[0012] In the following detailed description of sample embodiments of the invention, reference is made to the accompanying drawings which form a part hereof, and in which is shown by way of illustration specific sample embodiments in which the invention may be practiced. These embodiments are described in sufficient detail to enable those skilled in the art to practice the invention, and it is to be understood that other embodiments may be utilized and that logical, mechanical, electrical, and other changes may be made without departing from the spirit or scope of the present invention. The following detailed description is, therefore, not to be taken in a limiting sense, and the scope of the invention is defined only by the appended claims.

[0013] The present invention provides a secure method for dial-in users to communicate securely with their business organization computers via the Internet or other public network without requiring special-purpose encryption capability to be installed and configured on every remote dial-in system, and without requiring an enterprise system to maintain and fund a long-distance dial-in system. The present invention provides a method of providing secure dial-in access to an enterprise system over a public network via a Virtual Secure Point of Presence (VSPOP). A dial-in user connection is received in a VSPOP, and the user connection is authenticated. The VSPOP provides an encrypted connection from the received dial-in connection in the VSPOP to the enterprise system over a public network.

[0014] FIG. 1 shows a block diagram of a virtual secure point of presence as may be used to practice an embodiment of the present invention. A client device 101 is connected via a local loop dial-in connection 102 to a local exchange company (LEC) 103. The LEC equipment is connected via a local access trunk 104 to an interexchange carrier (IXC) access tandem 105, which routes the dial-in connection via interexchange carrier trunks 106 to other interexchange carrier access tandems as appropriate, until the connection reaches a destination interexchange carrier access tandem 107.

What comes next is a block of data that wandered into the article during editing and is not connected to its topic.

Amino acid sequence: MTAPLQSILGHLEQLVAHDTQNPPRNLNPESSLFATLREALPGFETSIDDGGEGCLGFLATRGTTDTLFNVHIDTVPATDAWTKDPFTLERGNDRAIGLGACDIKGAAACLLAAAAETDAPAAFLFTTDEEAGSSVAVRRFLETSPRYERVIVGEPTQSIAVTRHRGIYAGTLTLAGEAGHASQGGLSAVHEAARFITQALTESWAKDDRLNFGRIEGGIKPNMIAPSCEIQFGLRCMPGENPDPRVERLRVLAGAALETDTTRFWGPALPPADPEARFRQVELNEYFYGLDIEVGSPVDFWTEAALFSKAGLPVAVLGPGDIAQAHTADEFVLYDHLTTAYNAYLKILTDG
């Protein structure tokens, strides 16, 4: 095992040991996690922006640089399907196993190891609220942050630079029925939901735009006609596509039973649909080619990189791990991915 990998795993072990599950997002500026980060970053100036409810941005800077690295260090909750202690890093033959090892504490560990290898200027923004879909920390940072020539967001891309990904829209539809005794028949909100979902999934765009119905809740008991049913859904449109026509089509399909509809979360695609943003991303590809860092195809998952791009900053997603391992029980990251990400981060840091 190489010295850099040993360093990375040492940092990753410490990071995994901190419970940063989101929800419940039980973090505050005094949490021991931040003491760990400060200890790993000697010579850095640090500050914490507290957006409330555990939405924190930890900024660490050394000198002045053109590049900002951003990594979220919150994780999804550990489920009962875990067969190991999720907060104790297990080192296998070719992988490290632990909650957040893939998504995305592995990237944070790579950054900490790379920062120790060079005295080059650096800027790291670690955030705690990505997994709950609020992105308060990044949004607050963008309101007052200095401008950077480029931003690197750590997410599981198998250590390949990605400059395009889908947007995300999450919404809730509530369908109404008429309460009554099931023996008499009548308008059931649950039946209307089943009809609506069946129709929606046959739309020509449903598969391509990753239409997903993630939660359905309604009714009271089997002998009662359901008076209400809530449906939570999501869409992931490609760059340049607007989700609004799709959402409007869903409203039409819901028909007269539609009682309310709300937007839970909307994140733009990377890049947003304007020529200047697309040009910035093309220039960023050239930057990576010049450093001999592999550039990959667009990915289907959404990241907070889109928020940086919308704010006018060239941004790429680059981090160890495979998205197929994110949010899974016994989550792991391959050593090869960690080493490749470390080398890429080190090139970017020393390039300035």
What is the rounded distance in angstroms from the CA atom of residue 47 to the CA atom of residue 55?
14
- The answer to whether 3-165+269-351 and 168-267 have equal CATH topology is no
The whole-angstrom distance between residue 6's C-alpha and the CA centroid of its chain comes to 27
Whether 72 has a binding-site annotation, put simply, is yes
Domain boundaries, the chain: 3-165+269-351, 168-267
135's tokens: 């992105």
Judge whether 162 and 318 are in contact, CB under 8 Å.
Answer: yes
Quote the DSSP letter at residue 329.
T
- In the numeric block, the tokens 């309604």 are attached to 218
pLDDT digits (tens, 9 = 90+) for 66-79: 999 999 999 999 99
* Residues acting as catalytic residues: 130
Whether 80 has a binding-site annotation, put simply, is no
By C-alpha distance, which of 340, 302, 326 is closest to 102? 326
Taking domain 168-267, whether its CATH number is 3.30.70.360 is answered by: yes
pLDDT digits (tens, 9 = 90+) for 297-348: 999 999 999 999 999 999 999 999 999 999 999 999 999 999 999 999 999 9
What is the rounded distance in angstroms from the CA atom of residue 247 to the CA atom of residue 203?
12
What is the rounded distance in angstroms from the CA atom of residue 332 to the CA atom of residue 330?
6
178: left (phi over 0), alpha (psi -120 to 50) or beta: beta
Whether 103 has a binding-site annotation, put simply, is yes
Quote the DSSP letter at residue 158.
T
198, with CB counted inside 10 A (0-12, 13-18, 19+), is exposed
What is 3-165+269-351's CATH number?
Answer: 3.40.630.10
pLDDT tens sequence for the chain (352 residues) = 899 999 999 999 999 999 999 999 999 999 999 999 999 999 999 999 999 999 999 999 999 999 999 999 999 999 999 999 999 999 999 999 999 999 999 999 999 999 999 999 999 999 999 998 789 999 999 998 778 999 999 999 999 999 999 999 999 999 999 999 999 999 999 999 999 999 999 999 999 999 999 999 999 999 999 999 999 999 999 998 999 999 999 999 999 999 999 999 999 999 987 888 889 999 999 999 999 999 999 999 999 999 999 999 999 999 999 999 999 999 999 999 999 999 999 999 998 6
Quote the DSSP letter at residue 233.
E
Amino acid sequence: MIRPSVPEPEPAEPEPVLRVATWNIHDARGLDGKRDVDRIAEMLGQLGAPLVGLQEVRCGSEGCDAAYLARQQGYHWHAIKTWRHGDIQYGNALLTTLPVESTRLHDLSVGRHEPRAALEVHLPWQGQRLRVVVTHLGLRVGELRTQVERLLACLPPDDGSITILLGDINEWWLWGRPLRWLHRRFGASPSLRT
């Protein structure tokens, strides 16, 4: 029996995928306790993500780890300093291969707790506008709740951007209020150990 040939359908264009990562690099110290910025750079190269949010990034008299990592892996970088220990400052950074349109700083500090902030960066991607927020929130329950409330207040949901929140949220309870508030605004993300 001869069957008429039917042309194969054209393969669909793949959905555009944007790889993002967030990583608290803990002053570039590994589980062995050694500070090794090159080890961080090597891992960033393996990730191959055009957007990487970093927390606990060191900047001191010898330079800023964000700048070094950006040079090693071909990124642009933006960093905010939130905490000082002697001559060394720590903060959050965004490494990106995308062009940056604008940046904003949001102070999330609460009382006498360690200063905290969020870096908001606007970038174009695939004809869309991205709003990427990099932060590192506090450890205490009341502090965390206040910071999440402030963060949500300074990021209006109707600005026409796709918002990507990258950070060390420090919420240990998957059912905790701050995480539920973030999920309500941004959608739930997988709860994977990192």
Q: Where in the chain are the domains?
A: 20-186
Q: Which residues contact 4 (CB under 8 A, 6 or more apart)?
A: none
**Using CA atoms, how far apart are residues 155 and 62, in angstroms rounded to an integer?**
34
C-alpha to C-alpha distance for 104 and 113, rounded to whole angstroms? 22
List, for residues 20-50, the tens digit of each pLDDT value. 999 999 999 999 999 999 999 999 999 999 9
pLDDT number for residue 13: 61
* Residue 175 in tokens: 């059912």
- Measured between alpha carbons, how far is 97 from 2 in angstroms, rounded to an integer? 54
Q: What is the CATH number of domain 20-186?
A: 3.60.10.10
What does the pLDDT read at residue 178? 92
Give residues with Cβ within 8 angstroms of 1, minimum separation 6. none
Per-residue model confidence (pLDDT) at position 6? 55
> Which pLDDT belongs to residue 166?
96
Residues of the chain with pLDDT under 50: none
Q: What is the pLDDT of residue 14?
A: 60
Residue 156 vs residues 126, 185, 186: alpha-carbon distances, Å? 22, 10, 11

[0015] In making traditional telephone calls, the call is routed from the interexchange carrier access tandem 107 vial local access trunk 108 to a local exchange company 109, which directs the call via a local loop 110 to a terminating RAS device 111. This terminating RAS device is typically a modem in computer communication applications, which is connected to the destination computer at 112 either directly through a private network or via a public switched network such as the Internet at 119.

[0016] Such a phone connection incurs significant cost at the local equipment company on each side of the connection, as well as at the interexchange carrier trunk level. Also, the terminating RAS device and the connection between the terminating RAS device and the destination computer system must be maintained and managed at some expense. One option is for a company or other organization to maintain a modem bank with supporting computer equipment and staff that enable receipt of calls via the modem 111 and authenticate users before connecting them to the destination computer at 112. Alternatively, such an organization can make use of a dial-in service which maintains modems for dial-in access, and that then provides a connection via a public network such as the Internet 119 to the destination computer 112. Both options involve paying long distance phone charges through a remote or destination local exchange company (LEC), and require extensive staff and equipment to provide a secure connection over a public network or to operate a phone bank.

[0017] Also, the client device 101 typically must have some type of encryption software installed and configured to support secure communication over a public network 119, which adds software and support expense to the dial-in client as well as to the destination. The present invention addresses some of these problems and other problems, and provides secure dial-in access to an enterprise system over a public network via a Virtual Secure Point of Presence (VSPOP).

[0018] One embodiment of the present invention incorporates a VSPOP shown generally at 114, which receives dial-in telephone calls from the destination interexchange access tandem 107 via a bypass trunk 113 rather than through a local exchange company. This reduces the cost associated with the phone call by eliminating the destination local exchange company fee from the dial-in cost.